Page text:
We thought initially about making it a team, but I can give credit to Chuck for the family aspect. During that time, the entrepreneurial side of things was at the forefront for Black communities. The whole emporium concept came during these times because you were lucky to have some type of ownership in buildings, so you didn’t just live there but tried to run your business in these places, because it was cost effective. You could do everything from shoe shines to dental work in one facility to take advantage of your space. We thought it would be unique that this family was a business – not hunting monsters, but a business of herbal remedies. Those things were huge during that time period. A lot of the Black community couldn’t afford doctors. A lot of the white community couldn’t, either. We thought that would be a unique first layer to bring you into the story. It’s something grounded, it’s part of history, so now when we introduce these other elements, this grounded element helps.

The fantasy element made the darker elements more realistic and allegorical aspects easier to accept, but you also had to ground it in real history and details to get people to accept the fantasy elements.

There’s a whole lot of what we call in the sports world, “blocking and tackling.” I credit David for his unique way of really being able to talk about heavy subject matter by giving you this grounded element. We have all walks of life connecting with what we’re doing. Everyone can identify with family. Once you see that, your mind doesn’t think color, it just sees family and what it is.

When I first picked up the book I got the sense that you guys were taking this very seriously, that its important to you for a lot of reasons, but you’re also having a lot of fun.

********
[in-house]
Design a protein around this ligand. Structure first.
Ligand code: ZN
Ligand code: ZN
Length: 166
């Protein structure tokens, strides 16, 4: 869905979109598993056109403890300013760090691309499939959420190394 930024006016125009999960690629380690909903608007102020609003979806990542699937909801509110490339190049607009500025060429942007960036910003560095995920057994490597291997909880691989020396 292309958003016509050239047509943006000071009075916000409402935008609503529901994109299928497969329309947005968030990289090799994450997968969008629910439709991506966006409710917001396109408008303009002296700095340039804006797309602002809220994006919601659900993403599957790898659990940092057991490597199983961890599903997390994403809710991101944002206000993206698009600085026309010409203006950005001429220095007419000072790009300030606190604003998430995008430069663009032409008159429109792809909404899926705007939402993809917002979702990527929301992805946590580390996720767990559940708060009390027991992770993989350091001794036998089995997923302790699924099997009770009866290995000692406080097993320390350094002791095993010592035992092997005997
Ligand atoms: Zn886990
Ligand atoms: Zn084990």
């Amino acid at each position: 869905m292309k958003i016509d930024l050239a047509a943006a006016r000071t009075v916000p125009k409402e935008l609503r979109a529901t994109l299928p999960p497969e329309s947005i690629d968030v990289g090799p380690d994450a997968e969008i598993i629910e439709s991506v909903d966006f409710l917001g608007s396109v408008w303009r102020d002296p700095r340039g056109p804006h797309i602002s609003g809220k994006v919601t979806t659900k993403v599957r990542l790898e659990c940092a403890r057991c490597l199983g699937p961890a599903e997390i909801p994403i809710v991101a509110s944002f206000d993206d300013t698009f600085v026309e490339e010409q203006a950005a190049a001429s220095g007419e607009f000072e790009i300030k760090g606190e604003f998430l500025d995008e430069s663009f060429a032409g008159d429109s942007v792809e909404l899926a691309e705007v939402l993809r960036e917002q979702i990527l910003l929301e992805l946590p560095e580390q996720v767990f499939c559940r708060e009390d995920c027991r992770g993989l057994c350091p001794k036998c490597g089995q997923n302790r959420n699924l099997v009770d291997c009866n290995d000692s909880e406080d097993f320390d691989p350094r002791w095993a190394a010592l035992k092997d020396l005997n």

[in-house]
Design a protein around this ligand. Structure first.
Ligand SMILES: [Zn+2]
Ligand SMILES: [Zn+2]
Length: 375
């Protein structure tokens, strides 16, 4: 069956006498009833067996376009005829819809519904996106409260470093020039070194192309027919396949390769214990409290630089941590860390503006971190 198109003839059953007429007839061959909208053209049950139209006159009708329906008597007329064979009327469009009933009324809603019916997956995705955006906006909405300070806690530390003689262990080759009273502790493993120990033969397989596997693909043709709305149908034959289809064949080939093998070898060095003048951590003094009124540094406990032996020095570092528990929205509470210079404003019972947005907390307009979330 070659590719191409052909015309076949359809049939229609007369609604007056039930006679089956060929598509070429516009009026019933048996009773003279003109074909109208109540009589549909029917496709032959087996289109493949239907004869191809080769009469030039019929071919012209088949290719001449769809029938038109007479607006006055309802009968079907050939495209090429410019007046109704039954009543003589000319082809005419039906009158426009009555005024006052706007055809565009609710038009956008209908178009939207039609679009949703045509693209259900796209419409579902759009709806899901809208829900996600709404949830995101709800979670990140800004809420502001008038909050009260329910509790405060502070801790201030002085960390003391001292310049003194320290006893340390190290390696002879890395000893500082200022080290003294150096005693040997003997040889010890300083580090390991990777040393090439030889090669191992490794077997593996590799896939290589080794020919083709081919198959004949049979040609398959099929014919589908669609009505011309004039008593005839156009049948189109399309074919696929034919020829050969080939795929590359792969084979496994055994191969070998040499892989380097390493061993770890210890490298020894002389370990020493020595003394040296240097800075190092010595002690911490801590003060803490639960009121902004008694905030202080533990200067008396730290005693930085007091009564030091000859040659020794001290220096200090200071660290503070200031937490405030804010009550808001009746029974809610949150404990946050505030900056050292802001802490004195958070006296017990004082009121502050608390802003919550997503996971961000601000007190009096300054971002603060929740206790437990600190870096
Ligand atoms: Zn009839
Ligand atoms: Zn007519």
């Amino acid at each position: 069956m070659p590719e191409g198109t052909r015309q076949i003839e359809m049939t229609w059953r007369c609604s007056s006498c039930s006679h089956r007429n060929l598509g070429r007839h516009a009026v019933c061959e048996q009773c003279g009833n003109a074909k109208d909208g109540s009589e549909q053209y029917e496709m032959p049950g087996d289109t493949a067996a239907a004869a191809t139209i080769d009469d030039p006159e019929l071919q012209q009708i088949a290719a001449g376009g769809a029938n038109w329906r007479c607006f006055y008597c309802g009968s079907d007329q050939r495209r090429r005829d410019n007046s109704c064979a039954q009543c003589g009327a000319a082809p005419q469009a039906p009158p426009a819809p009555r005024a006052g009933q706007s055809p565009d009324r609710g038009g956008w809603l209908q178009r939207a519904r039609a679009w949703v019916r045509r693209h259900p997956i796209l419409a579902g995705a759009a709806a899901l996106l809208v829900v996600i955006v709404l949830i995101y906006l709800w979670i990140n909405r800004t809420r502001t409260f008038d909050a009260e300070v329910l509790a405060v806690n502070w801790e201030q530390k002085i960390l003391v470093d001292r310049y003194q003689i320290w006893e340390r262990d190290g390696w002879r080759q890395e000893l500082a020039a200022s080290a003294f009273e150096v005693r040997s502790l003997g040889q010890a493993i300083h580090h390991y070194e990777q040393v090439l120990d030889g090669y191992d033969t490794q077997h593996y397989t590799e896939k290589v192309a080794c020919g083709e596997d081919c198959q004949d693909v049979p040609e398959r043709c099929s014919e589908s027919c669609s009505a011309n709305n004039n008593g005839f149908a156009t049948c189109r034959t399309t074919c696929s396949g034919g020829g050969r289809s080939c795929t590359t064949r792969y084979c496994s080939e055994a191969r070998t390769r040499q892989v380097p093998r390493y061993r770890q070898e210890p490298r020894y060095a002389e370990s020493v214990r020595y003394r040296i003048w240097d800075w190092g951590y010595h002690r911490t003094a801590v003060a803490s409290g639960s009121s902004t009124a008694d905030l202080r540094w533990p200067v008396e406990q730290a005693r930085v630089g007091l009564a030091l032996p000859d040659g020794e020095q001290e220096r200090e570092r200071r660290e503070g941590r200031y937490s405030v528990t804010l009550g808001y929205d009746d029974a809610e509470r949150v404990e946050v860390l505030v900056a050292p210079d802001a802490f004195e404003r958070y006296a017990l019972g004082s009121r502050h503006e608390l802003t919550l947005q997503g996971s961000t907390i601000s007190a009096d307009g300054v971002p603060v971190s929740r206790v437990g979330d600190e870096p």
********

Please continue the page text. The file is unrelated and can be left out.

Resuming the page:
Even before we had an outline, when it was just an idea, I understood the premise and I was drawing characters from this period, introducing elements of steampunk. There are very few things that I connect with to the point where I have to draw it right then and there and start sketching out ideas, but I did. I realized if I’m doing this much work after a casual conversation with these guys where we hadn’t even discussed this idea specifically, it was just an idea we were talking about. Most people have ideas, but you don’t act on it. But I was sketching characters and world-building and I did that over the next week and I knew that we had to do something. We were still at Marvel, and I was looking at these drawings and how I was putting this much work into something that was just an idea, and I thought, “We need to make this happen.” That is why you see what you’re seeing. The energy was there, even before there was a solid story. The concept was all I need to get excited, and it keeps me going today. 

It sounds like early on, you guys figured out more or less what the story was and how it plays out.

More or less. Current events is causing us to change a few things. Honestly, our story was going to end in a really tragic way, but when COVID happened, we felt we might need to rethink this because of where things are in the world right now. Then all the recent racial injustices that have started to explode on top of that, and we thought, “There’s no way our book can’t give some direction based on what’s happening.” To some degree, we’re being influenced by current events and long story short, there are things we’re going to do that I’m excited about, that will be hard-hitting, but leave seeds of this whole other thing.